Both of those cases seem pretty clear to me, but that's not the really relevant point. All of the subjects were not merely tasked with making a decision; they also had to describe their reasoning and narrate how they came to their decision. They had to describe and rank various factors in their decision making. Then, two judges who were unaware of any information about the subjects examined the documents subjects produced and ranked them in terms of being more or less ethical. Each judge ranked each document independently, and then scores were compared for consistency.

    Anyway, the authors of the paper you cite question whether there's bias in the judgment of whether a particular decision is ethical or unethical. I disagree--it seems downright unethical to knowingly contaminate groundwater with chemicals that are known to cause health problems to save some money. That's not a matter of "liberal bias," if you think it would be OK to do that, you're basically evil. Similarly, there is no liberal bias in evaluating the statement "women just don't have what it takes to be effective managers." If you agree with that statement, and especially if you choose to agree because it will earn you brownie points, again, you're basically evil. In this case, however, it wasn't the decisions just as such that were being ranked, but the reasoning process that arrived at those decisions. If the subject wrote something like "I'm going to sanction the move to Argentina because I it's just not important to me whether some Argentinian village dies of cancer, as long as I can get a big bonus," that was judged to be unethical. But someone who wrote "I would sanction the move to Argentina, but with the money saved, would purchase the better containers that would prevent contamination," that was judged to be more ethical.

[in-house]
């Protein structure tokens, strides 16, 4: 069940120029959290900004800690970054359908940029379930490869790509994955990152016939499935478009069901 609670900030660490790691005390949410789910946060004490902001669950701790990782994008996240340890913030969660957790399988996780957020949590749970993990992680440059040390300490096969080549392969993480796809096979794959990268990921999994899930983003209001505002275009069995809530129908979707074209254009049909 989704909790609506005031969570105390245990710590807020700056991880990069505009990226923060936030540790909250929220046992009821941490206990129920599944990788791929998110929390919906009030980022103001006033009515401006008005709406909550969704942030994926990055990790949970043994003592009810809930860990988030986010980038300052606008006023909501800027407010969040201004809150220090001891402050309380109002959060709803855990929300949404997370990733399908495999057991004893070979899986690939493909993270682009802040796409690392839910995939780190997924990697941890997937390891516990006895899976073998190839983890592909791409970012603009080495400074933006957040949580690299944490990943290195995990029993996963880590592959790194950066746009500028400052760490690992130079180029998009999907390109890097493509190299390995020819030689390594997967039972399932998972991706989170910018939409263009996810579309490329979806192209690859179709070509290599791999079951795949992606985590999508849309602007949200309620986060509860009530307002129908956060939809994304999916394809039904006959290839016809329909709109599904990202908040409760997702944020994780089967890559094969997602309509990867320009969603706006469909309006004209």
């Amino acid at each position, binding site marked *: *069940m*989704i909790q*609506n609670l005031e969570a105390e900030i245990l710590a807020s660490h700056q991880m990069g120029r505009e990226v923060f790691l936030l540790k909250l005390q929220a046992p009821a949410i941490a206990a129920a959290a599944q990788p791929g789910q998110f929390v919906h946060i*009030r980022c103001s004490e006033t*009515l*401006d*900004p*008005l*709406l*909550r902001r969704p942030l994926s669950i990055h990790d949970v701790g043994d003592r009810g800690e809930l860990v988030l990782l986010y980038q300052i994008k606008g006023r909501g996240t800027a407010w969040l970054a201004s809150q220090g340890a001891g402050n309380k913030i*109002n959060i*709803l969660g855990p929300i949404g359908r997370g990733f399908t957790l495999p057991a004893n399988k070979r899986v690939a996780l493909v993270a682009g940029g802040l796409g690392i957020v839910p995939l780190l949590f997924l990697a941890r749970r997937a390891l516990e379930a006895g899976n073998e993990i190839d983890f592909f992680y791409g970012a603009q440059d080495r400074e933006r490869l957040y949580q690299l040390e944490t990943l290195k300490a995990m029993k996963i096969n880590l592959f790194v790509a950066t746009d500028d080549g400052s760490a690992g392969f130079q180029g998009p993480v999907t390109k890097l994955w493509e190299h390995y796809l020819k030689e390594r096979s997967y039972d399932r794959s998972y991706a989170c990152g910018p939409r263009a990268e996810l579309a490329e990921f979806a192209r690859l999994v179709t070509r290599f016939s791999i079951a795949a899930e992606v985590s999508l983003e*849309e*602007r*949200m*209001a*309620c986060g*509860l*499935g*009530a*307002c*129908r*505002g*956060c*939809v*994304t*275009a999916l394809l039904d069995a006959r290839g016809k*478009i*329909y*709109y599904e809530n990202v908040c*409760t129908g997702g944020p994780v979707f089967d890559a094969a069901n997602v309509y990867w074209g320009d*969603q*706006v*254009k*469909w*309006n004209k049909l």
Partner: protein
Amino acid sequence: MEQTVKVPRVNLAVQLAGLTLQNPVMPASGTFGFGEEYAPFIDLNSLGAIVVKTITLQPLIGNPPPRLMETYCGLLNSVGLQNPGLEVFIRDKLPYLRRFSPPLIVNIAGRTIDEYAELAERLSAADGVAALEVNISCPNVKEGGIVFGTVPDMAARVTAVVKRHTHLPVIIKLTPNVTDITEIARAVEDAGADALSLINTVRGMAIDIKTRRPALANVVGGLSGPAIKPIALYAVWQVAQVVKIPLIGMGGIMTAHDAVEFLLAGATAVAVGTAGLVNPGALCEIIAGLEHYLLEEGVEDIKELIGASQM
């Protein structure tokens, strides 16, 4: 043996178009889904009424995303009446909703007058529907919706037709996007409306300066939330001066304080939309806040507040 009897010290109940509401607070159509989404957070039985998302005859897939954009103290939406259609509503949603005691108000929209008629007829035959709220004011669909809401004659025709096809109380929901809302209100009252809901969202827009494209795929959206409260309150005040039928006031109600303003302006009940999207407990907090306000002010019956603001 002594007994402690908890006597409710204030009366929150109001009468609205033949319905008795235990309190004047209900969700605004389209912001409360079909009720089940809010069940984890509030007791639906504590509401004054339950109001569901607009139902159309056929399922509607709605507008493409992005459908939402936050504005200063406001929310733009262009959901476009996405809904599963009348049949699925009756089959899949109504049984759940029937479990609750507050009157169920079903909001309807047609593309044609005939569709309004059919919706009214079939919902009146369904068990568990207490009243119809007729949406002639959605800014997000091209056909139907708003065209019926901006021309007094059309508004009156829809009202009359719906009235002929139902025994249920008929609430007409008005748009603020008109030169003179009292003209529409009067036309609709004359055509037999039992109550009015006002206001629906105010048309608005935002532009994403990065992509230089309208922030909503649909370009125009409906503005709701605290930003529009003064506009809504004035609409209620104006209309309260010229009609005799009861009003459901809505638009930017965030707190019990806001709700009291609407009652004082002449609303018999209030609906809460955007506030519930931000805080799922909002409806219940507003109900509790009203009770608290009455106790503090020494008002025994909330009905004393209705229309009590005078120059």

It looks to me like the paper you posted can be criticized on several other grounds, but I'll stop there for now.

  4. #954
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    Re: White privilege

    Quote Originally Posted by calamity View Post
    I didn't say I oppose AA. I was only pointing out that AA does put the white guy at a disadvantage. Hence the idea of white privilege does not necessarily apply to all whites since it is sometimes an actual disadvantage to be white.
    Again you fail to see the big picture.

    First, you tried to equate economic privilege with racial privilege. That's a fail. Now, you want to equate the inconvenience of a white person with the oppression of white people as a group.

    First, you need to understand that economic and racial privilege are two seperate things. Now, you need to understand that AA does not oppress whites as a group.

    Lastly, you need to understand that it does not disadvantage whites. AA serves two purposes (one leading directly to the next):

    1. We must correct for resource availability in a student's accomplishments.
    2. We must find the best and brightest for our universities and a student that has done more with less is the better student. Someone earning a 3.5 living in luxury is not as smart as someone earning a 2.5 living in a ghetto.

    Side note: diversity has value and it could be added as (3.) above.


    To review:

    AA does not oppress whites as a group. AA does not disadvantage whites, it makes an even playing field to evaluate student accomplishment and therefor value. Whites need to stop crying victim and accept that they must compete on an even playing field - too bad, we're adjusting for white and economic privilege. If some crybaby whites don't like an even playing field, who cares?
    Last edited by ecofarm; Today at 05:19 PM.